Editor’s Note: In late spring and summer, you can catch crappie in many unorthodox ways, including fishing with knitting thread, fake hair or fur, jugging, goldfish, chumming and egging to name a few tactics. This week we’ll look at fishing strategies you can use for crappie that you’ve probably never considered.
I’ve fished with some anglers in creeks only 6- to 8-feet deep during the spawn who have placed their corks within 2 inches of the ends of their wire crappie hooks baited with minnows. Then they swing the corks and minnows into ankle-deep water beside downed logs and stumps more than half out of the water. Often the fishermen will spot the backs and the tails of the crappie barely sticking out of the water or laying just under the water beside the wood. Slab crappie will take minnows in extremely-shallow areas like this.
Try chumming, a technique usually associated with saltwater angling, to improve your crappie fishing. Anchor over a crappie-looking spot, and sprinkle cornmeal around the boat every few minutes. Soon minnows will begin to gather to feed on the chum, and the minnows will attract the crappie.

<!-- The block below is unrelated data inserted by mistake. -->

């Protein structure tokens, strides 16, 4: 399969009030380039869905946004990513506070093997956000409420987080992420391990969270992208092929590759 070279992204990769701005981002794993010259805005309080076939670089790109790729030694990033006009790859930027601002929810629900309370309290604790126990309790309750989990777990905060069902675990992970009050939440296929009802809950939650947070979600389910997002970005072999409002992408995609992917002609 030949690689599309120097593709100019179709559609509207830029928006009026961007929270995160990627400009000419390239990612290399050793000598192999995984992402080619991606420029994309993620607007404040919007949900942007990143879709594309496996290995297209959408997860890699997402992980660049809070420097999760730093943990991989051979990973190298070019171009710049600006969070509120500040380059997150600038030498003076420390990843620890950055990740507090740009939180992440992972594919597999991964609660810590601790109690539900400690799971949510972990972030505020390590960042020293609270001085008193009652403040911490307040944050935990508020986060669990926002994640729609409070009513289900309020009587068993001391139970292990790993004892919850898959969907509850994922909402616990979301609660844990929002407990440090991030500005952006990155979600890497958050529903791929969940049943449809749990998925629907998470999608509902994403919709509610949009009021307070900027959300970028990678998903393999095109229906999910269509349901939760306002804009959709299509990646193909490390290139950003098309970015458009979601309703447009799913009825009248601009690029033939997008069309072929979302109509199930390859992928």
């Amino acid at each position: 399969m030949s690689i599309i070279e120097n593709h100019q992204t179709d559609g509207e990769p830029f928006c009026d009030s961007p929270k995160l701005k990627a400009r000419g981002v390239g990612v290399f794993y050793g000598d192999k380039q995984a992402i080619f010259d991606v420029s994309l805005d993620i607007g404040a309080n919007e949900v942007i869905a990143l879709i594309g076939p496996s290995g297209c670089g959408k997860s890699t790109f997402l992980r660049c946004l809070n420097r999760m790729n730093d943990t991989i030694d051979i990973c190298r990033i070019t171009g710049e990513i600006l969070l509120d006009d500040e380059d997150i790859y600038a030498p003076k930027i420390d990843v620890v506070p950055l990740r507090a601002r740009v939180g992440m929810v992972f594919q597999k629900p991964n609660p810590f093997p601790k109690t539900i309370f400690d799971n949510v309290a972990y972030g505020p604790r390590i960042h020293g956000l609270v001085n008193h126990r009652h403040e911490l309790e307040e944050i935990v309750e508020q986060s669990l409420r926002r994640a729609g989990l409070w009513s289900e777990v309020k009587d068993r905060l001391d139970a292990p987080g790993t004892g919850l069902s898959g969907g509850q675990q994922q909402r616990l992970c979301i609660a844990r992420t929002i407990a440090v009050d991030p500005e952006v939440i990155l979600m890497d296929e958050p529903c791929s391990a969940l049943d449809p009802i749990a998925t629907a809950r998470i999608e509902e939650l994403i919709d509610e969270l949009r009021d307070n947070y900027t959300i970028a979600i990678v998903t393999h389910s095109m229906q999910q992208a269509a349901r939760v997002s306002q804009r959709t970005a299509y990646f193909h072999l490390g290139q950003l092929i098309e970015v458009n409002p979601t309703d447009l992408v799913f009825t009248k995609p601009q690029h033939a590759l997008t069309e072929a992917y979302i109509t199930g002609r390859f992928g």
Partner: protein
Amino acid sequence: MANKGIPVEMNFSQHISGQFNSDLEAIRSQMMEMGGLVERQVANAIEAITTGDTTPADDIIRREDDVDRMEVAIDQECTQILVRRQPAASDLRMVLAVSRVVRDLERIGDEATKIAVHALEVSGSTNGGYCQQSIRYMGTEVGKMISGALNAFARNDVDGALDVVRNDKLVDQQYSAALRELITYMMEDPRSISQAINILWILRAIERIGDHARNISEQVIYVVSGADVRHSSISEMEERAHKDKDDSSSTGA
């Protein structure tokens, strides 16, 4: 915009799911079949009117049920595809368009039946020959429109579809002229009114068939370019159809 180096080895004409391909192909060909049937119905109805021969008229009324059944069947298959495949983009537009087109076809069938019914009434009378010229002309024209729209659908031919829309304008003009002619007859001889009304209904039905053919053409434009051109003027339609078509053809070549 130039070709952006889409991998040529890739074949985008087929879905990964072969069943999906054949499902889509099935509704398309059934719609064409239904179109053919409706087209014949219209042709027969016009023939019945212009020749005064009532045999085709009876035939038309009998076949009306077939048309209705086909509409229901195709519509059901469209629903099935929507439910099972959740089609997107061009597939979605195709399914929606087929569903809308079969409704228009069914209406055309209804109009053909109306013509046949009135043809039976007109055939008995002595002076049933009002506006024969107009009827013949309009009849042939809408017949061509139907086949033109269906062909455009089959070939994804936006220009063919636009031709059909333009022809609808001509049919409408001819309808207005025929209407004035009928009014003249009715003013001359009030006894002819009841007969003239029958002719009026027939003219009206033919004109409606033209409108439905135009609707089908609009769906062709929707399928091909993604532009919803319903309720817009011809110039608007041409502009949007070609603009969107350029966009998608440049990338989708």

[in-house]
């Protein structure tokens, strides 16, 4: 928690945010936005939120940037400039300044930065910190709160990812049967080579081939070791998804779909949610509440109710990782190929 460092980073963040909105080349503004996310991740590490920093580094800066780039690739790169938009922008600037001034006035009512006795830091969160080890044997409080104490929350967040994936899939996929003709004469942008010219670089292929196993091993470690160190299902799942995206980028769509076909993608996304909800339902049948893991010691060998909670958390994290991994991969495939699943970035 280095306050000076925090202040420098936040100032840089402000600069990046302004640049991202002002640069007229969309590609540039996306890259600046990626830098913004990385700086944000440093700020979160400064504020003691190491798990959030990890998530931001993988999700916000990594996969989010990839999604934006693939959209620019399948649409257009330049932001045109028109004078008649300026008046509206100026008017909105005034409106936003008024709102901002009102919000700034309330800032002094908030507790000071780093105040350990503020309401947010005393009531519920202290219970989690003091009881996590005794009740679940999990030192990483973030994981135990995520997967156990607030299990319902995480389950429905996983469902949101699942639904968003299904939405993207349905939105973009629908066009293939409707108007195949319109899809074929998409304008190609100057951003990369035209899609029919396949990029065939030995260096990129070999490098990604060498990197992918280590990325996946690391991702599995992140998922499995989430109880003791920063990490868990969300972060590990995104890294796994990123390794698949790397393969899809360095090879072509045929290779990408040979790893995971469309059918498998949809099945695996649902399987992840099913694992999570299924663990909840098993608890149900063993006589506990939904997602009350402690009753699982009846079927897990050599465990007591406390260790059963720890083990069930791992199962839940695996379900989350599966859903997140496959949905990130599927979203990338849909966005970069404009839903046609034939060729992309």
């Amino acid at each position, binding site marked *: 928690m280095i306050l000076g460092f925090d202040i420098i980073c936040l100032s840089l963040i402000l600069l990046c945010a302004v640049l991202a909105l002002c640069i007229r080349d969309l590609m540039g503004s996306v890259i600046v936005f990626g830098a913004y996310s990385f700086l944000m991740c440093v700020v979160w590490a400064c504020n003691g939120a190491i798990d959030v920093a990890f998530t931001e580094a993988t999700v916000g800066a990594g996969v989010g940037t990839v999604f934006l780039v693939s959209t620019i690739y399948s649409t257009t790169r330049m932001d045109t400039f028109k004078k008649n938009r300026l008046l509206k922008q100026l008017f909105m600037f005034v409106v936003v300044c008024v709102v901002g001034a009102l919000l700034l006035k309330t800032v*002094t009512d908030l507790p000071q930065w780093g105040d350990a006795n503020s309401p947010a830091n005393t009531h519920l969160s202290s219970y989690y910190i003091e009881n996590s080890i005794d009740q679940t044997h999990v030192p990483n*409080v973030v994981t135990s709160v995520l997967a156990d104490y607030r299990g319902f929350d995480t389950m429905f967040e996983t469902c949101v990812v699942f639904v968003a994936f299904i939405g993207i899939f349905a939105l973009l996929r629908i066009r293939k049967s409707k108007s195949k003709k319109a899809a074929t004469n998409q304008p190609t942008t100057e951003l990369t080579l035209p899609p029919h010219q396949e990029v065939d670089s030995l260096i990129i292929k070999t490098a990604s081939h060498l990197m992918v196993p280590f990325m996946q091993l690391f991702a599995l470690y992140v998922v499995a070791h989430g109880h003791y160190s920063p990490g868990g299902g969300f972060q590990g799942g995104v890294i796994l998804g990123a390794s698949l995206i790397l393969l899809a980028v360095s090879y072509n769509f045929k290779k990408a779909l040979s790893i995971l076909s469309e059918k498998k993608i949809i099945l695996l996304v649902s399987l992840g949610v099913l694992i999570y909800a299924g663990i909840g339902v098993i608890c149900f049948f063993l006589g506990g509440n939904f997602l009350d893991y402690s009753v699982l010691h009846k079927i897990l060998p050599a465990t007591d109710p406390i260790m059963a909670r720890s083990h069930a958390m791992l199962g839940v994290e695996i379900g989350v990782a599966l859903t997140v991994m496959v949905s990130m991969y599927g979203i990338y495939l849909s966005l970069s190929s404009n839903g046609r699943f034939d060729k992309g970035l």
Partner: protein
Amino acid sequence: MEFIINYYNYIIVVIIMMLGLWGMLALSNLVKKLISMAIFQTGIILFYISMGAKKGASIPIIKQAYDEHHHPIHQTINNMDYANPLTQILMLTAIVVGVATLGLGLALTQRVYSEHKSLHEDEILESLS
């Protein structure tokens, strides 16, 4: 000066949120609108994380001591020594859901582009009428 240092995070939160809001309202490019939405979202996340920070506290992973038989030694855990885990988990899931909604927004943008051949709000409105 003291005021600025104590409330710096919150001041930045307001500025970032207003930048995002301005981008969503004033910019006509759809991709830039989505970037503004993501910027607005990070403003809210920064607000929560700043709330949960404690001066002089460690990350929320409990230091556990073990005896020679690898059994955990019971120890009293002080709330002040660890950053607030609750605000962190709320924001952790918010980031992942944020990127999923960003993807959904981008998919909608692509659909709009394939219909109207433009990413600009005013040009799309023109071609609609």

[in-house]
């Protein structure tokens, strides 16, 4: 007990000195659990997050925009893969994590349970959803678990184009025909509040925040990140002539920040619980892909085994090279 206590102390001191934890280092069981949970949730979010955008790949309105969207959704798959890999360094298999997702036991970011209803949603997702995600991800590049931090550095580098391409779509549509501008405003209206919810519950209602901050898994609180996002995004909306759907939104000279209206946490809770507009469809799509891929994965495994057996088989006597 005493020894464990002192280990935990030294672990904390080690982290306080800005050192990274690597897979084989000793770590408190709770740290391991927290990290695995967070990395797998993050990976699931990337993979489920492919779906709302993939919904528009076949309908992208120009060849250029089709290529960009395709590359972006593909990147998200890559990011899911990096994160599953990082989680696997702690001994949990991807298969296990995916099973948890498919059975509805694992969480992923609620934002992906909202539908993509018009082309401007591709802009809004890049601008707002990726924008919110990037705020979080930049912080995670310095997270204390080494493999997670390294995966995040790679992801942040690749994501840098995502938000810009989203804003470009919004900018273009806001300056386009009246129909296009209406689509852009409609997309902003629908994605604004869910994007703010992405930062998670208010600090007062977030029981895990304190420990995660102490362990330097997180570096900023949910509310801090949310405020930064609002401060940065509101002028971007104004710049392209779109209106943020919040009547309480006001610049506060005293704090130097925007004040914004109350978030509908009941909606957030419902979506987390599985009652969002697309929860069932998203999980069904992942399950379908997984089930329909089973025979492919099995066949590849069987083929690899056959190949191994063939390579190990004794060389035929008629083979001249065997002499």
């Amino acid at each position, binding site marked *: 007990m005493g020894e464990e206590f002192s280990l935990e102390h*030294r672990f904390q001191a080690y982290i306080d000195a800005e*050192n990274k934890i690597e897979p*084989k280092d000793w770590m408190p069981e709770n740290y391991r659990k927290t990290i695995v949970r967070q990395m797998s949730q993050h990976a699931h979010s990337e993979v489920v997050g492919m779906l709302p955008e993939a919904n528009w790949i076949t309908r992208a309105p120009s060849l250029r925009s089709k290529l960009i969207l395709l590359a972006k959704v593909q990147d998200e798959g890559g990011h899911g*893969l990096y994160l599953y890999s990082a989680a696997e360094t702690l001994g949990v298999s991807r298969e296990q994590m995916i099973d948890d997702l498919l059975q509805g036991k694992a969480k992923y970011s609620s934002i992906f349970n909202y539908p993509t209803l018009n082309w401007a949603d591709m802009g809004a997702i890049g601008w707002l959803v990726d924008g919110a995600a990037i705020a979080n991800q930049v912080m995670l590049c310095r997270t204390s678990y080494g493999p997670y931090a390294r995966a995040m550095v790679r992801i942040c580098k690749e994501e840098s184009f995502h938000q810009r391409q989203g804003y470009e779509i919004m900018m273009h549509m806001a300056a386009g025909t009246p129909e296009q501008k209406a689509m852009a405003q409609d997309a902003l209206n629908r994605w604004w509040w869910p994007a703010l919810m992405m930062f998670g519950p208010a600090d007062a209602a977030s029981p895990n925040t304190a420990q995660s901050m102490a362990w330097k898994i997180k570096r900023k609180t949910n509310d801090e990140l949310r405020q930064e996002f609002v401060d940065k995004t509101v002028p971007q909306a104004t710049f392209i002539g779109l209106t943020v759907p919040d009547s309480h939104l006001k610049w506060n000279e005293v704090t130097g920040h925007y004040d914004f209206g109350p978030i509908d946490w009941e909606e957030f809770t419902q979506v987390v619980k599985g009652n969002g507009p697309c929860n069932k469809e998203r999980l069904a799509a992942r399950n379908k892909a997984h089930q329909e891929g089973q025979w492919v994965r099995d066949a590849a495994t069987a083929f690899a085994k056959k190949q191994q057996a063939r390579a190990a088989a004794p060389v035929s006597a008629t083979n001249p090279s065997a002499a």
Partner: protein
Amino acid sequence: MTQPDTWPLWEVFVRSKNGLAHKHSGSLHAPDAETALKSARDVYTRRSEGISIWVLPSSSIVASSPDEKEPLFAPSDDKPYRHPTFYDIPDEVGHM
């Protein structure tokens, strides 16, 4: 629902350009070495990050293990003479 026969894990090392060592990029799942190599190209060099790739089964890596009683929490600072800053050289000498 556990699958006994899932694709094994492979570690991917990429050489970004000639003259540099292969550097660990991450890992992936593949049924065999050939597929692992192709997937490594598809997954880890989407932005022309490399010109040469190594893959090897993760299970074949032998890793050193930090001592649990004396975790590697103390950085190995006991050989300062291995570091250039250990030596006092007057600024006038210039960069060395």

Splashing for Crappie:
If you’ve had little to no action when fishing for crappie, try slapping and splashing the water with your paddle. Although this tactic may seem weird, the commotion will sound like feeding fish, which often will attract nearby crappie to your bait.
To attract minnows and thereby crappie to your fishing area, crush your breakfast egg shells. Take them to the lake. Sprinkle the shell pieces overboard in a circle around the boat. The pieces will flutter seductively down through the water and draw in both minnows and crappie.
If you have access to a pond either before or after it’s built, you can have more crappie to catch by spreading driveway-type gravel in a small area in the shallows. The crappie will use this spot for spawning, which will concentrate them.
Fly-Fishing for Crappie:
Although few people fly-fish for crappie, and many may consider this an unusual way to catch crappie, you can have great fun taking numbers of crappie on your fly-rod. Utilize a 4- to 6- weight outfit and weight-forward floating or fast-sink tip line. Attach a 4- to 6-foot leader tapering down to a 6- to 8-pound tippet. Fish with a small streamer fly in sizes 2 to 6. You may have to crimp a small split shot on the leader 1 foot in front of the fly for extra weight. Cast the fly near deep points, bridge pilings and flooded timber, along drop-offs and to the edges of weed beds. Then retrieve with short, sharp strips to work the fly at 4- to 12-foot depths.
To receive and download for free “The Crappie Catchers’ Cookbook,” by John and Denise Phillips, go to http://johninthewild.com/free-books.